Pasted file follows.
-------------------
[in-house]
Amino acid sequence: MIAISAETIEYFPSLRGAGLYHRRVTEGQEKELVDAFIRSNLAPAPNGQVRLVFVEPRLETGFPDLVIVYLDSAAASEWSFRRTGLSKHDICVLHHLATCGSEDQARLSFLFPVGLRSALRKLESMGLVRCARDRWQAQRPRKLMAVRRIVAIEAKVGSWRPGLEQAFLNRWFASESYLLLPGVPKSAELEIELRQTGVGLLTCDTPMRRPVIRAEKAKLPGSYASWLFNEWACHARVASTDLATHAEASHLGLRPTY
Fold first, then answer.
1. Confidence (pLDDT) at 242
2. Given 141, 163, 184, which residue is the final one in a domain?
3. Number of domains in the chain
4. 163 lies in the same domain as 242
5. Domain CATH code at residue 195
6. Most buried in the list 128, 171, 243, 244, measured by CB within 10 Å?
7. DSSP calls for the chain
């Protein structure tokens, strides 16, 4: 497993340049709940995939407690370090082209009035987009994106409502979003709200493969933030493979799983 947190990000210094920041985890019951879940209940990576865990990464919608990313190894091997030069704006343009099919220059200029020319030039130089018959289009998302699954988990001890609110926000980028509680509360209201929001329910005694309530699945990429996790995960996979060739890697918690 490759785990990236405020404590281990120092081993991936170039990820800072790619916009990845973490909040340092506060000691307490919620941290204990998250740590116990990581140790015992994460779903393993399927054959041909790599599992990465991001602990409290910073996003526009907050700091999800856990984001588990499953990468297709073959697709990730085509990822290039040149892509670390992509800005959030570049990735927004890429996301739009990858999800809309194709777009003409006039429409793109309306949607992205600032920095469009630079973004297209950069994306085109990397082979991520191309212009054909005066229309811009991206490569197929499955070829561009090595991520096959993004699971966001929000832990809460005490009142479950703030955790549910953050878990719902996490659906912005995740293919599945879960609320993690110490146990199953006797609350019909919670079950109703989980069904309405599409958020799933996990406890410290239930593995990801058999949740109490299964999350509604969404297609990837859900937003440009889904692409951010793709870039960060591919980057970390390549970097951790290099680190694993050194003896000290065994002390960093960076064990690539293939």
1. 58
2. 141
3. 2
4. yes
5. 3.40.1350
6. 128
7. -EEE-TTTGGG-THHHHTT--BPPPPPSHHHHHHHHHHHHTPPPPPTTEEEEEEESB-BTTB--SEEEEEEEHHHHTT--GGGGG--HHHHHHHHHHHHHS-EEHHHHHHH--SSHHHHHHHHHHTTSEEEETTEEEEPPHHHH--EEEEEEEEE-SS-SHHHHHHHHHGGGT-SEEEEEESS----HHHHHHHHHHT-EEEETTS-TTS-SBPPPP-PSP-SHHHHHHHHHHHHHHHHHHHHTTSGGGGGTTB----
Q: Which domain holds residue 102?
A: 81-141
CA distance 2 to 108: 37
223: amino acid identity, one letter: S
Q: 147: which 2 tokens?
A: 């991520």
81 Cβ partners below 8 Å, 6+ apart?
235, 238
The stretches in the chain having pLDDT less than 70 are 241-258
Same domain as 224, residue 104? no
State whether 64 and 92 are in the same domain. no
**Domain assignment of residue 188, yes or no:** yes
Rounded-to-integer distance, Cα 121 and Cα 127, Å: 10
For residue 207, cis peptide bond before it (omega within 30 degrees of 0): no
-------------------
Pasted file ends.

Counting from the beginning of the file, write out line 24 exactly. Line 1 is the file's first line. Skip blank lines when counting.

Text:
A: 């991520």